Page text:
Later in the winters of 1982-2003 doing census of American minks in Naliboki Forest, I registered the following range of the species population density: the Biarezina medium-sized river – 17-29 inds/10 km of river stretch; small rivers with natural riverbed (Vol’ka and the upstream of Izliedz’) – 4.3-8.4 inds/10 km of river stretch; small rivers with canalized riverbed (Sivichanka, Zhawtsianka, Pruzhenitsa and Izliedz’ in the downstream and central fragment) – 2.8-5.3 inds/10 km of river stretch. In Naliboki Forest there are plenty of secondary drainage canals that go to rivers with both canalized or natural riverbeds. American minks inhabited such canals too with approximate density of 0.5-3 inds/10 km.
Census of American minks along 18-28 km of Vol’ka river was the most regularly conducted since the winter 1982-1983. Only six out of 29 winters I failed to do reliable counting of American minks there ( see the below Graph). However, for those winters I got quite good expert estimation of the level of the species population density. From the beginning of our census work along the Vol’ka river I faced with quite dense and stable population of the American mink for, at least, 21 years until the autumn of 2003, when this population was crashed by unknown disease. Approximately one out of 5-10 American minks survived through the epidemics. Afterwards this population recovered over three years and then after two years of a relatively high population density similar crash happened again. During two proceeding winters there were recorded very low American mink numbers (the Graph).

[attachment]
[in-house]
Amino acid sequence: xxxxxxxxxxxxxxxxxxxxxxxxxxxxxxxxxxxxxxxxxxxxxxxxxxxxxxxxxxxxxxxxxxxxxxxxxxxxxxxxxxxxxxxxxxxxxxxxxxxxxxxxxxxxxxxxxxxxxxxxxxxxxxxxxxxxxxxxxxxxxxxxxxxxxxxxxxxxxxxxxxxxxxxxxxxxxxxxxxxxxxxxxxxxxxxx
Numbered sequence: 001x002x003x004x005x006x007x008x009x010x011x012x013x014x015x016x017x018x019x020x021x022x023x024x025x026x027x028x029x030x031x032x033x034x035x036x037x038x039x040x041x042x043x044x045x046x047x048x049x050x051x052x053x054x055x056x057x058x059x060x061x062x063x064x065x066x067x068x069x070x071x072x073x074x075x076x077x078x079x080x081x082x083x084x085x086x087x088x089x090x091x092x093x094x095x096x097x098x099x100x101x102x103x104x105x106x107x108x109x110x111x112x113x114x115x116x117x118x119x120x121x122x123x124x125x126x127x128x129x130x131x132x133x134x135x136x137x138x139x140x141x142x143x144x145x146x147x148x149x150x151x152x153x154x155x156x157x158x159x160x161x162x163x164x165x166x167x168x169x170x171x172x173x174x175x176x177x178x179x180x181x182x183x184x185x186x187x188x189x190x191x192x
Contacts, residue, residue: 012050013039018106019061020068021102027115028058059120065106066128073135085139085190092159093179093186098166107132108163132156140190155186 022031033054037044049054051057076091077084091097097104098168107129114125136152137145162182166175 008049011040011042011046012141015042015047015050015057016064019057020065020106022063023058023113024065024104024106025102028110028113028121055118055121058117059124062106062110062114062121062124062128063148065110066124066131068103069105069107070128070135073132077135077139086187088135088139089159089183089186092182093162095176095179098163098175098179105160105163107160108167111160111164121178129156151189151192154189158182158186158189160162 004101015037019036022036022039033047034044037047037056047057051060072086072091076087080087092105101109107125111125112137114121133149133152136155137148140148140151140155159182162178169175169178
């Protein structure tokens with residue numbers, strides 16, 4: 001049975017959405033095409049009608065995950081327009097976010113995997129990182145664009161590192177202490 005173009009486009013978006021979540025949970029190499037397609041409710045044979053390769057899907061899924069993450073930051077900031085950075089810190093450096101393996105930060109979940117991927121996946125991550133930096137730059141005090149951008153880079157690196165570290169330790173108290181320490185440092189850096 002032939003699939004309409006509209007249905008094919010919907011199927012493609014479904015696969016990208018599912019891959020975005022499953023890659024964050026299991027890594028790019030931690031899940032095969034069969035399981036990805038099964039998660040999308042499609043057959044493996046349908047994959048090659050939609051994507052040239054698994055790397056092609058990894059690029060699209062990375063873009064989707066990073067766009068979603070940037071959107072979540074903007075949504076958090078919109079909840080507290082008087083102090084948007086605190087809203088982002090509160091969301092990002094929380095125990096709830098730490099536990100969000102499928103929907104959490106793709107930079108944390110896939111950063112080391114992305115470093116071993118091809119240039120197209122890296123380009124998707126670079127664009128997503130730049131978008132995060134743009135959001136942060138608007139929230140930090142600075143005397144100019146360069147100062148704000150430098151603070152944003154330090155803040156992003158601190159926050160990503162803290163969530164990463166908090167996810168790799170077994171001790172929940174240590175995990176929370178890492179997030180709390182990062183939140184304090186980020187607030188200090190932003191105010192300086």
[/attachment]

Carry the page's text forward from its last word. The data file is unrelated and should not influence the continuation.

The explanation for the crashes in the American mink population may be as follow. In Belarus there were still quite many furbearing farms that specialized in captive-breeding of American minks. In 2000s these farms had relatively low profits and persisted, possibly without sufficient vaccination of American minks against numerous diseases. There were epidemics registered in such a farm. The American minks that have escaped from such furbearing farms brought diseases in feral American minks. Perhaps, in the past vaccination of captive-breeding American minks was on a more regular basis, because cheap soviet vaccines were more available for captive-breeders. Anyway, all the above is only a hypothesis on the population decline.
The second crash in American mink in Naliboki Forest had happened in the autumn of 2008 (see the Graph), and it looks like that until the winter of 2012 the population has more or less recovered.